Silhouette sign (x-rays)

Last revised by Ryan Thibodeau on 28 Aug 2023

Silhouette sign is somewhat of a misnomer and in the true sense actually denotes the loss of a silhouette, thus, it is sometimes also known as loss of silhouette sign or loss of outline sign 4

The differential attenuation of x-ray photons by two adjacent structures defines the silhouette, e.g. heart borders against the adjacent lung segments, and it is the pathological loss of this differentiation, which the silhouette sign refers to. In short, it denotes that a mediastinal border can only be obscured by pathology which is in direct anatomical contact.

Recognition of this sign is useful in localizing areas of airspace opacities, atelectasis or mass within the lung, with the loss of these normal silhouettes on frontal chest radiographs being generally indicative of the site of pathology 3,4:

Sites of silhouette sign on the lateral chest radiograph include 3:

  • posterior border of the heart +/- posterior left hemidiaphragm: left lower lobe
  • anterior right hemidiaphragm: right middle lobe
  • posterior right hemidiaphragm: right lower lobe

The silhouette sign forms the basis of the hilum overlay sign, cervicothoracic sign and thoracoabdominal sign 2

A caveat however is when pulmonary or mediastinal anatomy has been altered by treatment (such as surgery or radiotherapy) or disease, volume loss may affect these specific associations 3.

Dr Benjamin Felson (1913-1988) and, his brother Dr Henry Felson (1907-1998), were American radiologists who popularized this sign 1. However, it was the Felsons themselves who state that Dr H (Henry) Kennon Dunham (1872-1944), an American chest physician and radiologist, was the first to describe the sign 15 years earlier (late 1920s) 1,5.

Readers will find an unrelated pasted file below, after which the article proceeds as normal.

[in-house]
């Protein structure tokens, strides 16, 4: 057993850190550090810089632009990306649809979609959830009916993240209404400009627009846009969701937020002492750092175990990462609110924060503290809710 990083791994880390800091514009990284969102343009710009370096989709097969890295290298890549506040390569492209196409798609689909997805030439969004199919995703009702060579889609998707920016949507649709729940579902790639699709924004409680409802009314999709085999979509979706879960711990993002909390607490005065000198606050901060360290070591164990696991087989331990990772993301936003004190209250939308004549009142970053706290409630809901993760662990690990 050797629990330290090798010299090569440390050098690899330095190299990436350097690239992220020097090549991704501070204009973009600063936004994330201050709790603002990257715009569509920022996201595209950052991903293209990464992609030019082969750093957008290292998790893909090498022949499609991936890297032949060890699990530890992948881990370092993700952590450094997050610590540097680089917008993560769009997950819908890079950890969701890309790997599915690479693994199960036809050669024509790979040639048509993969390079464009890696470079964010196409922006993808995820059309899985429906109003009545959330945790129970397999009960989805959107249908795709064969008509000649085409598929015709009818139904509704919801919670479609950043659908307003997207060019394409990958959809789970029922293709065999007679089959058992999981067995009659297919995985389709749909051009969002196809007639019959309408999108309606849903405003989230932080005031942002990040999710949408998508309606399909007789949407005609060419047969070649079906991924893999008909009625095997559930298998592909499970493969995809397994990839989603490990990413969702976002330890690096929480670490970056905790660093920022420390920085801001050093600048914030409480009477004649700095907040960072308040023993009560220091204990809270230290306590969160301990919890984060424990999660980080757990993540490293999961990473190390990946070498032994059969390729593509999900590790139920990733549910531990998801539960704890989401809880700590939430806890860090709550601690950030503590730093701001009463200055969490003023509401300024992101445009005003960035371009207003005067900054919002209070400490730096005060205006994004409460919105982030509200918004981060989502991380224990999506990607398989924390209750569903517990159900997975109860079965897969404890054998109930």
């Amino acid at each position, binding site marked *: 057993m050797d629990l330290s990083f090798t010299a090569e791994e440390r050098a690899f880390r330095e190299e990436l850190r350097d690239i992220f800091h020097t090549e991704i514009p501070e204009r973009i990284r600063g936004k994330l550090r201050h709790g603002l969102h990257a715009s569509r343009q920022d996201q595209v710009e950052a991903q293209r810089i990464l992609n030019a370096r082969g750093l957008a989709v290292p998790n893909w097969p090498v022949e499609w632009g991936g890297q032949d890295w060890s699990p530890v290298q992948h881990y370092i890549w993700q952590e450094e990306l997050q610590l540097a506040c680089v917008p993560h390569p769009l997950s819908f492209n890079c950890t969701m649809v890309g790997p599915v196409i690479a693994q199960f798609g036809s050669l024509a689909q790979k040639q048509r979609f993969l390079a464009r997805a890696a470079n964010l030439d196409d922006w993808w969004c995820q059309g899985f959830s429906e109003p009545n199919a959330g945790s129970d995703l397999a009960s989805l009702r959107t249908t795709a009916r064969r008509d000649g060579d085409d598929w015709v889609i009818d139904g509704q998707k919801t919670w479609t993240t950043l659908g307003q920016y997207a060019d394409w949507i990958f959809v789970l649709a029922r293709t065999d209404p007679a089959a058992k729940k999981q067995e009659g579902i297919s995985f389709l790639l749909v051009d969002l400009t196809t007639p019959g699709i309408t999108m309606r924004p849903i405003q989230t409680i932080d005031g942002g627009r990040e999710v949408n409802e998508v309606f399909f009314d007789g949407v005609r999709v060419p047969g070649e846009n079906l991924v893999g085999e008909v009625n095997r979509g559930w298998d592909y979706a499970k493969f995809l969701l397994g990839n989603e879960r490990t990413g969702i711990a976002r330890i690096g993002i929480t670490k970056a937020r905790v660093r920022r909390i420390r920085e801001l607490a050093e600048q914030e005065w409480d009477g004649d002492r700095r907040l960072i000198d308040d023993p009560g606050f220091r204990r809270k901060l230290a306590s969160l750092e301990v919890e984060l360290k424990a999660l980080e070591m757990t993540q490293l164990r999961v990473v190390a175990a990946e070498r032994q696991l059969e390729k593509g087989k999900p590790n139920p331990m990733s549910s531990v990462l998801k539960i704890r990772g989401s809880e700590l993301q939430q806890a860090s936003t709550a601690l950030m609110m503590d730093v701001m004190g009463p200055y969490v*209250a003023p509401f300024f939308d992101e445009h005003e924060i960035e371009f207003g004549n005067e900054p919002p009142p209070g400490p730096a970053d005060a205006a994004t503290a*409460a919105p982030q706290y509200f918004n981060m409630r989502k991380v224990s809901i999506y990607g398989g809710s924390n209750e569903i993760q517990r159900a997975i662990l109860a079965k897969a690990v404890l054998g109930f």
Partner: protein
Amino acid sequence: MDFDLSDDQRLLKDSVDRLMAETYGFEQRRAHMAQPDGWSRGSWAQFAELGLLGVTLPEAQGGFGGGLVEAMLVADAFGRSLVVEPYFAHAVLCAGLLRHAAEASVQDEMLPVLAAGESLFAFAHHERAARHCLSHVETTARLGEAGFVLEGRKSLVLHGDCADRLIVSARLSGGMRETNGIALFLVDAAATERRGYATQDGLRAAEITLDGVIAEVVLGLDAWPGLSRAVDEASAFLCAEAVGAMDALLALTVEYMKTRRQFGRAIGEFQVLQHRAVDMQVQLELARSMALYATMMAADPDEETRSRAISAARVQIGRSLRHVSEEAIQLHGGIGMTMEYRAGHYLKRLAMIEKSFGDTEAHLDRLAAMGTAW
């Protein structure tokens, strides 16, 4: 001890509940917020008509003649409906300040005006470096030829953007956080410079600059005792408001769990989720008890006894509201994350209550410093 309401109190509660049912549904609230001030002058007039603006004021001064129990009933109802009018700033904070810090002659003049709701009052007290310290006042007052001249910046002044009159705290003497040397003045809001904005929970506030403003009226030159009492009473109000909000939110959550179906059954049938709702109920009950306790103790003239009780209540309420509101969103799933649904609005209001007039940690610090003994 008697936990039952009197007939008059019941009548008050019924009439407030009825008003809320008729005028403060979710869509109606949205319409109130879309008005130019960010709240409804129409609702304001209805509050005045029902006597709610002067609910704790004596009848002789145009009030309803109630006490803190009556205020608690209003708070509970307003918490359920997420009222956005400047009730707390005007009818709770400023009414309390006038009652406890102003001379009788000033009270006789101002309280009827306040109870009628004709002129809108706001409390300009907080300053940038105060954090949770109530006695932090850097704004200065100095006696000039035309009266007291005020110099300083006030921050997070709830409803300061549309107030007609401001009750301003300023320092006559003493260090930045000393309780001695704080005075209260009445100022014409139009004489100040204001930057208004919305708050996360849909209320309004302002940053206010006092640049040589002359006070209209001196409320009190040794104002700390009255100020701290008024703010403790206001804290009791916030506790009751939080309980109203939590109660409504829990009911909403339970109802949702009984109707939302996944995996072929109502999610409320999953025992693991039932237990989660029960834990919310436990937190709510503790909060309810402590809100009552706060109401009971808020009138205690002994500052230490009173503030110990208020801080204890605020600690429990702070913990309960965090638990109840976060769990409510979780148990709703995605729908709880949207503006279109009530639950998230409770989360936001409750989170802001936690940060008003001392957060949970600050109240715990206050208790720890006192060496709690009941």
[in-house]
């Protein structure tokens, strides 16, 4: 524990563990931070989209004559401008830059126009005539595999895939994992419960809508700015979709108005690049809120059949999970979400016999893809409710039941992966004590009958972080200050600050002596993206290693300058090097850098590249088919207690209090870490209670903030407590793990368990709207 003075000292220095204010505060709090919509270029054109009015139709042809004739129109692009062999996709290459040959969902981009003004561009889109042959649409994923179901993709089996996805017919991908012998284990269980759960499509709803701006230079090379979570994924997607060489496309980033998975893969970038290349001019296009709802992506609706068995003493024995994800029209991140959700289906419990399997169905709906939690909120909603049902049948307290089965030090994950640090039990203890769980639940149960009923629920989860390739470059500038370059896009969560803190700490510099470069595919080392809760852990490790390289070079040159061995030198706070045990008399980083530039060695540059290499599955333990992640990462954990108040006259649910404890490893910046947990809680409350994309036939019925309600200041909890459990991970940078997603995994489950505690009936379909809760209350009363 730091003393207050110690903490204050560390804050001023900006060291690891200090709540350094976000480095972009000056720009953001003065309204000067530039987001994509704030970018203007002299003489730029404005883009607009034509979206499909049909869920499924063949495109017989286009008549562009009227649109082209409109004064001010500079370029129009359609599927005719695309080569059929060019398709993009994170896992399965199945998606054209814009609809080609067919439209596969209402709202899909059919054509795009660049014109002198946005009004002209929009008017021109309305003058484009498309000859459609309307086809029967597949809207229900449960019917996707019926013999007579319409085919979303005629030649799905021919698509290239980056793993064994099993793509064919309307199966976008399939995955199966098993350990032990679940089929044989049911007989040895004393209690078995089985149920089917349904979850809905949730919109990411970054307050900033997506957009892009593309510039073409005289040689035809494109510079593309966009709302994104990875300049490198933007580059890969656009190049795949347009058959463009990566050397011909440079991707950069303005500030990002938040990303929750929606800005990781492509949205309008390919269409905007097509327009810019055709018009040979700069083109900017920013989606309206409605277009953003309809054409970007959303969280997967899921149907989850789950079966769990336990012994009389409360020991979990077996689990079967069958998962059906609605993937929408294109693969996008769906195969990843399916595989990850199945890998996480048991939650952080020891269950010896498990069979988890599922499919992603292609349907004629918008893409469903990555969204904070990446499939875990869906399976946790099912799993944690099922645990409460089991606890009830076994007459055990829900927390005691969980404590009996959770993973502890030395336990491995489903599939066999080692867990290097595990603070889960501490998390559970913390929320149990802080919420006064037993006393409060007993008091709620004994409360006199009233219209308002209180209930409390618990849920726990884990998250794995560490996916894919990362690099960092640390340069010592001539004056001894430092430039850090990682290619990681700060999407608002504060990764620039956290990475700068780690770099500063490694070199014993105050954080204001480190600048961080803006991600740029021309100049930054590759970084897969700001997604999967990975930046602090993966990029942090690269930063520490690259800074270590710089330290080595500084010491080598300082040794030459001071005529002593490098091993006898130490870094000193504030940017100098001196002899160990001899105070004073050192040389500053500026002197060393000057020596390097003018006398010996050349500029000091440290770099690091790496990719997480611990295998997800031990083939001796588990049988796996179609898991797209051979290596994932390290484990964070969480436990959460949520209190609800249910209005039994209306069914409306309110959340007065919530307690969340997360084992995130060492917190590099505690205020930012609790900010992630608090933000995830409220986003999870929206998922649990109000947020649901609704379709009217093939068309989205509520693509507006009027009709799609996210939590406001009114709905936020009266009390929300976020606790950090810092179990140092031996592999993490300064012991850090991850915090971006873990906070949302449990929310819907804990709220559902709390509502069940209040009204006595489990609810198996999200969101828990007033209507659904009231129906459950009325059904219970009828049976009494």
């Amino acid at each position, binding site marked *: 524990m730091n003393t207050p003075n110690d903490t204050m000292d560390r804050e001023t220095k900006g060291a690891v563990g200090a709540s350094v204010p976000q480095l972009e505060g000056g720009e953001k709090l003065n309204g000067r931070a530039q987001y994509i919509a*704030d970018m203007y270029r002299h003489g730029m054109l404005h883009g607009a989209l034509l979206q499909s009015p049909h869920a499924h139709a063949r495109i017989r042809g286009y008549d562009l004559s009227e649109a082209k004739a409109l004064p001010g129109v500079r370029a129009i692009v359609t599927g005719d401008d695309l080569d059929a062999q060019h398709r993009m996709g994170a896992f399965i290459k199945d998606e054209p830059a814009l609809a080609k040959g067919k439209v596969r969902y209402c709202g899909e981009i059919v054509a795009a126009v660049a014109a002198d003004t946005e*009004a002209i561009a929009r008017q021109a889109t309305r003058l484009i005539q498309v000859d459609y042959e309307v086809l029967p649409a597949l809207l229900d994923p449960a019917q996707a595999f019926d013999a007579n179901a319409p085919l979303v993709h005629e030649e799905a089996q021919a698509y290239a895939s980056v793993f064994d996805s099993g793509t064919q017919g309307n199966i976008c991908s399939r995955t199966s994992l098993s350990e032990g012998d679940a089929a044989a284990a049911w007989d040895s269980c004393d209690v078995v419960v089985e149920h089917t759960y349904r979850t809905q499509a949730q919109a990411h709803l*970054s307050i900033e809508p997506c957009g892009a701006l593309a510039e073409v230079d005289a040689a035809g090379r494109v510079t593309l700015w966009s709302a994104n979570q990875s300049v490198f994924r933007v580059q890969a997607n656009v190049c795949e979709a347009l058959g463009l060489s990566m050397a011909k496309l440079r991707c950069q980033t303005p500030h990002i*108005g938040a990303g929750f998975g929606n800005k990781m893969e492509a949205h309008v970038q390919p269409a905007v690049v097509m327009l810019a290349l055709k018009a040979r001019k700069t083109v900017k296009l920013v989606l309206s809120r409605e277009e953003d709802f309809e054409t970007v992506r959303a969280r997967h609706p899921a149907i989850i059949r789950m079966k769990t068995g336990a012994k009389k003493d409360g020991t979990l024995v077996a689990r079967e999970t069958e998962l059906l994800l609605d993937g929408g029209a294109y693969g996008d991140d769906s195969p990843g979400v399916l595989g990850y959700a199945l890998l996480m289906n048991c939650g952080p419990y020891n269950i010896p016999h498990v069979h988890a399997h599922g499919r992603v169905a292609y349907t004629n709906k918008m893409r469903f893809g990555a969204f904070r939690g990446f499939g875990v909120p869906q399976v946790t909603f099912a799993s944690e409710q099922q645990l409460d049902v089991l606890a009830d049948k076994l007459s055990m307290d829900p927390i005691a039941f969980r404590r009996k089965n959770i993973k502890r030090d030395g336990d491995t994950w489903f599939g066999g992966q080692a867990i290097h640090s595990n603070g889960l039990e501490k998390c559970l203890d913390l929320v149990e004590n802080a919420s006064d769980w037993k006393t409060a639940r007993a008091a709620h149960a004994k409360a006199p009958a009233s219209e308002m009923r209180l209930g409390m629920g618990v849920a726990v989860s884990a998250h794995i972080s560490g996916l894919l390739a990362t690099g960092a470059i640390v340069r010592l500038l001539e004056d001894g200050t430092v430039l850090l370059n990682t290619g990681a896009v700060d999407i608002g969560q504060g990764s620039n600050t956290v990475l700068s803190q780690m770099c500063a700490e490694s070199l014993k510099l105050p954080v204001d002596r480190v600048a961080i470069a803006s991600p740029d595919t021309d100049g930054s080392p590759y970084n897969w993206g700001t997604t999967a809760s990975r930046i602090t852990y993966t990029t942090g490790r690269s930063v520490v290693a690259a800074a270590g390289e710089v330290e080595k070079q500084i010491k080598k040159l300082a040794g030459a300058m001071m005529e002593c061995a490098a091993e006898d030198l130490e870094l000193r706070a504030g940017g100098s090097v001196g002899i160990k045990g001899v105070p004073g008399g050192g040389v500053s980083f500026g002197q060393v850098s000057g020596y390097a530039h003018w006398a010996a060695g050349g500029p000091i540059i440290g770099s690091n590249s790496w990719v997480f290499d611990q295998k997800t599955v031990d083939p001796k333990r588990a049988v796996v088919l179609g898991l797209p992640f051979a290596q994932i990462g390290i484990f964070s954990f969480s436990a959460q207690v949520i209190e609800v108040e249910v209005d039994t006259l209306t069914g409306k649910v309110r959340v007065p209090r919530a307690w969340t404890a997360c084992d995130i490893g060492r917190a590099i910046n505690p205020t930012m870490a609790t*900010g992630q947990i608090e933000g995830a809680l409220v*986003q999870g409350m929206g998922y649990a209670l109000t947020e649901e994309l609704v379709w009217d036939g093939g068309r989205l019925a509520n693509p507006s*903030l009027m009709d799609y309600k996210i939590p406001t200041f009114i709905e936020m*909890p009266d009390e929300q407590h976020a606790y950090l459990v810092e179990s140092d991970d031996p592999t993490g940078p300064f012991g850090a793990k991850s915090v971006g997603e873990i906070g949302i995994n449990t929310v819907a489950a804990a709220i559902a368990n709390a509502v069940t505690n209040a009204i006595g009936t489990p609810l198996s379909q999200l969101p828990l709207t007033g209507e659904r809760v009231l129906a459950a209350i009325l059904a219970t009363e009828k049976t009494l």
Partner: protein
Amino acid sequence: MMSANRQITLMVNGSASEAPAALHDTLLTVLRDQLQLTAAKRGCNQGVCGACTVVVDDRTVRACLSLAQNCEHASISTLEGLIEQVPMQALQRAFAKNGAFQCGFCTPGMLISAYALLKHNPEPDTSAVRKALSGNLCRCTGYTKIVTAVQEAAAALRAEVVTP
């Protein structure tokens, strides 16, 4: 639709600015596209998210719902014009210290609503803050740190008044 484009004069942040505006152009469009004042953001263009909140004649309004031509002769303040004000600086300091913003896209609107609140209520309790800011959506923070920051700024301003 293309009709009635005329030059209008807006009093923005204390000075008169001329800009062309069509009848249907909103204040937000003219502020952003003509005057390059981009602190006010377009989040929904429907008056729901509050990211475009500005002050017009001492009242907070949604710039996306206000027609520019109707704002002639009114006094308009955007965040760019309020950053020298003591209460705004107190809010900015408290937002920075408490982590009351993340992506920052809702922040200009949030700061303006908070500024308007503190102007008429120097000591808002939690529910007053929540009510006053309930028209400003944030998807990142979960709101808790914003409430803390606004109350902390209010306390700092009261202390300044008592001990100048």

The presence of a silhouette sign may not be due to intrapulmonary disease. For example 3,4:

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Cases and figures

  • Figure 1: normal cardiomediastinal contours
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  • Case 1: right middle lobe pnuemonia
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  • Case 2: right lower lobe pneumonia
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  • Case 3: right upper lobe pneumonia
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  • Case 4: left lower lobe pnuemonia
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  • Case 5: lingular segmental pneumonia
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  • Case 6: left upper lobe pneumonia
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  • Case 7: right middle lobe
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  • Case 8: LLL pneumonia causing loss of the descending aorta silhouette
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  • Case 9: Lingular consolidation and follow up resolution
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  • Case 10: left lower lobe consolidation
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